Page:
In response to a new bill which proposes changing the authority of a health-care agent to order nutrition and hydration withheld from a patient who cannot make his/her own desire known, Agudas Yisrael has circulated a legislative memo to legislators expressing their opposition to this measure.
A health-care agent is a person appointed by an individual to make health- care decisions for him/her in the event they become incapable of making their own health-care decisions. Under current New York State law, such an agent does not have the legal authority to order that nutrition and hydration to be withdrawn from the patient unless the agent knows or is reasonably certain that the patient would have wanted it so.
The new bill (S. 4967/ A. 2634), however, would give health-care agents the authority to make decisions to withdraw nutrition and hydration from a patient, which would result in that patient dying of starvation and dehydration, even if the agent has absolutely no knowledge whether the patient would in fact have wanted this.
The memo circulated by the Agudah states that food and water are basic human needs and should not be withdrawn from patients, and that death by dehydration and starvation is one of the most painful ways for a human being to die. Allowing a health-care agent to order such a death for an incapacitated and helpless patient, without any evidence that the patient would desire such a death, is morally unconscionable.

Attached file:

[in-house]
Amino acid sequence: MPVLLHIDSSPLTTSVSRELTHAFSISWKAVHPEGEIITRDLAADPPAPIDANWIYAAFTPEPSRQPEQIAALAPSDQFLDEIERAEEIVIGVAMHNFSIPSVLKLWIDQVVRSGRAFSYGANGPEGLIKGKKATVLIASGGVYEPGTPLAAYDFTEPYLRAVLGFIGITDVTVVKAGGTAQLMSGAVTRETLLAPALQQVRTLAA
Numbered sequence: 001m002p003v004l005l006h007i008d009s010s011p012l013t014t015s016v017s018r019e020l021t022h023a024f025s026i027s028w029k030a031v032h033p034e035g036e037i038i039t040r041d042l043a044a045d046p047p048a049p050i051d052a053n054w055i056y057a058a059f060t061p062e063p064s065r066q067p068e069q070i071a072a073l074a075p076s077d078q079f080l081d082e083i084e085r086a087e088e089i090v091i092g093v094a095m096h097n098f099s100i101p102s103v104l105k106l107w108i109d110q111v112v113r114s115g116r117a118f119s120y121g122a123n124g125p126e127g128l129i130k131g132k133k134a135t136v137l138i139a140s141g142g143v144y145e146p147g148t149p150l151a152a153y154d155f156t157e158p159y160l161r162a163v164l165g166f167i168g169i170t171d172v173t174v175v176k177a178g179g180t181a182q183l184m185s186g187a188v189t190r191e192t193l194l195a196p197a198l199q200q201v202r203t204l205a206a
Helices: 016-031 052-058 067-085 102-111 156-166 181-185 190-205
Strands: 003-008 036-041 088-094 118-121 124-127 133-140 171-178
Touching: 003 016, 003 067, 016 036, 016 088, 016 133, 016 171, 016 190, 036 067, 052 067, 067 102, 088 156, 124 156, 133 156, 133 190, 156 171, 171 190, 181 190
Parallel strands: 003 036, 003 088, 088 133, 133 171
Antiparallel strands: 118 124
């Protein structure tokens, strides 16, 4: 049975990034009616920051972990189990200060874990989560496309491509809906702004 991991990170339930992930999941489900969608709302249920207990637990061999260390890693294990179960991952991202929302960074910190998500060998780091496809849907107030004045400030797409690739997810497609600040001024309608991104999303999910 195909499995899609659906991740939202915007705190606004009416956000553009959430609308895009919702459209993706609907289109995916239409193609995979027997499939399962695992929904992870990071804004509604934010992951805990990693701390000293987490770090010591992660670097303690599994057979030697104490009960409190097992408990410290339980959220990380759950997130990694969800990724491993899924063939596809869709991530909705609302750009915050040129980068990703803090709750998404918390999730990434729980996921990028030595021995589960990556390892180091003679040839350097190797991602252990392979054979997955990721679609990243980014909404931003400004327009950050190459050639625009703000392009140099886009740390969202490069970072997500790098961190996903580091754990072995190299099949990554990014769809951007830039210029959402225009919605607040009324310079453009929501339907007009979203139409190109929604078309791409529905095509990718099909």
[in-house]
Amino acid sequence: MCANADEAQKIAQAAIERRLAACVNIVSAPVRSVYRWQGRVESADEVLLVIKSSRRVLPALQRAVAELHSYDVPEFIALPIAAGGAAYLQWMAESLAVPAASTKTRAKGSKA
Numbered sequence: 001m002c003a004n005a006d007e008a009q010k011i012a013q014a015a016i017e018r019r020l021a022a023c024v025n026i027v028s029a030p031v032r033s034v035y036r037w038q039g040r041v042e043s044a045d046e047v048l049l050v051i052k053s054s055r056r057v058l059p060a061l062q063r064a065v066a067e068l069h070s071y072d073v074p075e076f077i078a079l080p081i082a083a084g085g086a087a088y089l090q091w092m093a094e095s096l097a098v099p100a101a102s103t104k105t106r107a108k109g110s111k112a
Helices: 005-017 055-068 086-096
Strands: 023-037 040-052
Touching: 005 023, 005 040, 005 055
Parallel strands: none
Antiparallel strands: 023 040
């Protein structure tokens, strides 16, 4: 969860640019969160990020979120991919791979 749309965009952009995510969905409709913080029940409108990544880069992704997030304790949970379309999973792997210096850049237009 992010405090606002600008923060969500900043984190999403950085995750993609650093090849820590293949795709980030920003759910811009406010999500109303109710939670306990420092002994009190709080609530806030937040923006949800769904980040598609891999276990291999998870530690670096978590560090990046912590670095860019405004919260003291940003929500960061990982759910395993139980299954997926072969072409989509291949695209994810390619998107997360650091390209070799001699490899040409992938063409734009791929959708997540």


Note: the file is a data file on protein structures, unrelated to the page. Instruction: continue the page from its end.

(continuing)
The memo also states that “our Jewish tradition places a premium on the value and sanctity of life, and every moment a life can be prolonged is precious.”
A number of years ago, a law was passed concerning what authority health-care surrogates should have. A surrogate is someone designated by law to make health-care decisions for a patient who is incapacitated and cannot make health care decisions for him-/herself, where the patient did not appoint a health-care agent. An amendment to that law proposed at that time sought to change the law to enable surrogates to withhold nutrition and hydration from a patient. Agudas Yisrael strongly opposed the amendment at that time.
The current Agudah memo states that just as that previous amendment was morally a terrible mistake, so too would be giving health-care agents the authority to withdraw nutrition and hydration from patients without knowing what the patient would have wanted. The Agudah urged members of the state legislature to vote against the bill.